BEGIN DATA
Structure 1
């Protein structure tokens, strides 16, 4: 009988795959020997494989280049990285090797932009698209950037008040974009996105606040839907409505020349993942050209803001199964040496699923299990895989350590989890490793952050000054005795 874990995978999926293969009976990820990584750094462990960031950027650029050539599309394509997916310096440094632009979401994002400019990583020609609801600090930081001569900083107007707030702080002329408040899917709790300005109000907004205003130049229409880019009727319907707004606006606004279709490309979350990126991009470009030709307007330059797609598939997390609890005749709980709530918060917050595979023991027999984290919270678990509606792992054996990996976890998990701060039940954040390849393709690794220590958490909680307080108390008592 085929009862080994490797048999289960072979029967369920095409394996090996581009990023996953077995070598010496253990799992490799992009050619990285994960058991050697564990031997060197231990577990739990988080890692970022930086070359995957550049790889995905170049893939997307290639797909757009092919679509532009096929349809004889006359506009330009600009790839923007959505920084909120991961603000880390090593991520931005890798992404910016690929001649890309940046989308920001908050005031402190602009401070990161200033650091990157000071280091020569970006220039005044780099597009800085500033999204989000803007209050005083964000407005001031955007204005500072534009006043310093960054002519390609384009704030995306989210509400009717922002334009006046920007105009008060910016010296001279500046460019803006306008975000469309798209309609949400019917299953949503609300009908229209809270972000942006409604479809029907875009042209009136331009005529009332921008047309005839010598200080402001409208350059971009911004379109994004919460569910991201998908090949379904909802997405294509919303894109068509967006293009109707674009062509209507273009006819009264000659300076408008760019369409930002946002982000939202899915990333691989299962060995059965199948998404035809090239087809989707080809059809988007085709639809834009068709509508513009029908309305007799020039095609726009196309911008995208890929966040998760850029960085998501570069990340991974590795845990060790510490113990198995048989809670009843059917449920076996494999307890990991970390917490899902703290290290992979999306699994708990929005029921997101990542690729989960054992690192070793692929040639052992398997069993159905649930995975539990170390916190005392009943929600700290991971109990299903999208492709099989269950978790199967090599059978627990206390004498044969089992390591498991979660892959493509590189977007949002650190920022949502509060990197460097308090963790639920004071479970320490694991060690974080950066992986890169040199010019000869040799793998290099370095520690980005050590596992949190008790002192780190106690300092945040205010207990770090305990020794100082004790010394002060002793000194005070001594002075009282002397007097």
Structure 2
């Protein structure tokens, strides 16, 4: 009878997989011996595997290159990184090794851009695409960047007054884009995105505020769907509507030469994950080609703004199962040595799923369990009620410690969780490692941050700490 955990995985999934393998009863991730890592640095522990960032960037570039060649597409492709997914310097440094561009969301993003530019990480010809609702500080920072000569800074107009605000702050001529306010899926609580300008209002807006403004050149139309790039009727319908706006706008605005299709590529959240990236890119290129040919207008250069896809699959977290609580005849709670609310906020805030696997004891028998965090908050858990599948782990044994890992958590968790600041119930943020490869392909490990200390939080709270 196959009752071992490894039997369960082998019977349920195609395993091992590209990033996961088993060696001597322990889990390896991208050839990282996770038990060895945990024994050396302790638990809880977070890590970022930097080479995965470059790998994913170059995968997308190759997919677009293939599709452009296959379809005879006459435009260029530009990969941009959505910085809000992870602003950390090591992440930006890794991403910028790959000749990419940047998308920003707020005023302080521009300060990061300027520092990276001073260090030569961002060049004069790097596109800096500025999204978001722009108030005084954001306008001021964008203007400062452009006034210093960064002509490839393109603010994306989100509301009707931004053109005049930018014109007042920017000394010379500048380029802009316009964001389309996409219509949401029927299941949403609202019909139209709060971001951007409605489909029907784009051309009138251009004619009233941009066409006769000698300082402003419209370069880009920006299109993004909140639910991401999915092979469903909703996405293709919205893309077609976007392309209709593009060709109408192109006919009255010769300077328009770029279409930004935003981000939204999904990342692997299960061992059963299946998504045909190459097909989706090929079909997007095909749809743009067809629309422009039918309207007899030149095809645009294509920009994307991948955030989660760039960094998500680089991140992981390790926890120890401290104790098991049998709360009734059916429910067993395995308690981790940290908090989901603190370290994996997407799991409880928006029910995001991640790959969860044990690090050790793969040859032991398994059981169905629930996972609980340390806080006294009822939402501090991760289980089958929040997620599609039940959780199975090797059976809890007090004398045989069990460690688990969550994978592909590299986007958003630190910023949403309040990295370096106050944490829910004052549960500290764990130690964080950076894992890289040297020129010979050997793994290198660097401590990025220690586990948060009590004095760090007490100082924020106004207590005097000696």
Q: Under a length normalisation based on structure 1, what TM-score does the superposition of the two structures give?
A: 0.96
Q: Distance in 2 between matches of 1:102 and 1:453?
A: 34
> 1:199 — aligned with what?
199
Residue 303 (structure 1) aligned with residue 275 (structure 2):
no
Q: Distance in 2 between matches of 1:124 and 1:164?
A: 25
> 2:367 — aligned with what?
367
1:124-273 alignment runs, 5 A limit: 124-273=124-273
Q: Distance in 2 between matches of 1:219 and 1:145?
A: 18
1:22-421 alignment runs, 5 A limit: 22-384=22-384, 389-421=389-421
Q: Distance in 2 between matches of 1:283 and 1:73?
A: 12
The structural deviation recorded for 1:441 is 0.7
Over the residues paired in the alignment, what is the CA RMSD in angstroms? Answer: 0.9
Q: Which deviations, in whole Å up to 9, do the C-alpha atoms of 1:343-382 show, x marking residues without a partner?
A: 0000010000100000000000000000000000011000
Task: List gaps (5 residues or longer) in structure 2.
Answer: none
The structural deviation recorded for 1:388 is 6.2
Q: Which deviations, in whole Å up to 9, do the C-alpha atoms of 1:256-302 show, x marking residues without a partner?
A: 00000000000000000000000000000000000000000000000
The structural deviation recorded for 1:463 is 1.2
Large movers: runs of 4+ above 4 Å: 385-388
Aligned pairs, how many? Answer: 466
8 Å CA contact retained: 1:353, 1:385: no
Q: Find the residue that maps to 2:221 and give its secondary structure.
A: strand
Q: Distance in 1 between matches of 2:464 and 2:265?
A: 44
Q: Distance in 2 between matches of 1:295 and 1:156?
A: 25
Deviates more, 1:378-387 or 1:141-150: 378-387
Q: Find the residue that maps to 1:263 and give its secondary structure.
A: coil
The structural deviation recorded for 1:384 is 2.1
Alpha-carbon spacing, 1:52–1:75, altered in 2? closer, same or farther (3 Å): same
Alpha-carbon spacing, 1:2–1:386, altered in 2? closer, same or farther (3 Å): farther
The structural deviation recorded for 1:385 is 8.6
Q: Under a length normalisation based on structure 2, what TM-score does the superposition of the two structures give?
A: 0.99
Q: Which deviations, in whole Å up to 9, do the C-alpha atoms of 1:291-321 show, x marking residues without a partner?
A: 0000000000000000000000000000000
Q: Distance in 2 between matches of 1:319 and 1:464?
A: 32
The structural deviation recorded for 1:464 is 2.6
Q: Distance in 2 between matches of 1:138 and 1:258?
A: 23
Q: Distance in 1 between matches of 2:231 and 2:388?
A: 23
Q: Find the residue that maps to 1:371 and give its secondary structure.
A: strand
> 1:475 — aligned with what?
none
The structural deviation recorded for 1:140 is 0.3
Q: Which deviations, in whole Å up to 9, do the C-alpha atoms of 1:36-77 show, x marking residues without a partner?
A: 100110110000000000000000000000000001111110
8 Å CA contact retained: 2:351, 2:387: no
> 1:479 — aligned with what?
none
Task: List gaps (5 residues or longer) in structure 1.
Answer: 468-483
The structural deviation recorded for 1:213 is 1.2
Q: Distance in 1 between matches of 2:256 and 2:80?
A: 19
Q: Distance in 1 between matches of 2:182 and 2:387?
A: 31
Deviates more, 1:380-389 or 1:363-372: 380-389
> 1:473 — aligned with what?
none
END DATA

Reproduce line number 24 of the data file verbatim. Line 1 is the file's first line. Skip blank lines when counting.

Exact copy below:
Over the residues paired in the alignment, what is the CA RMSD in angstroms? Answer: 0.9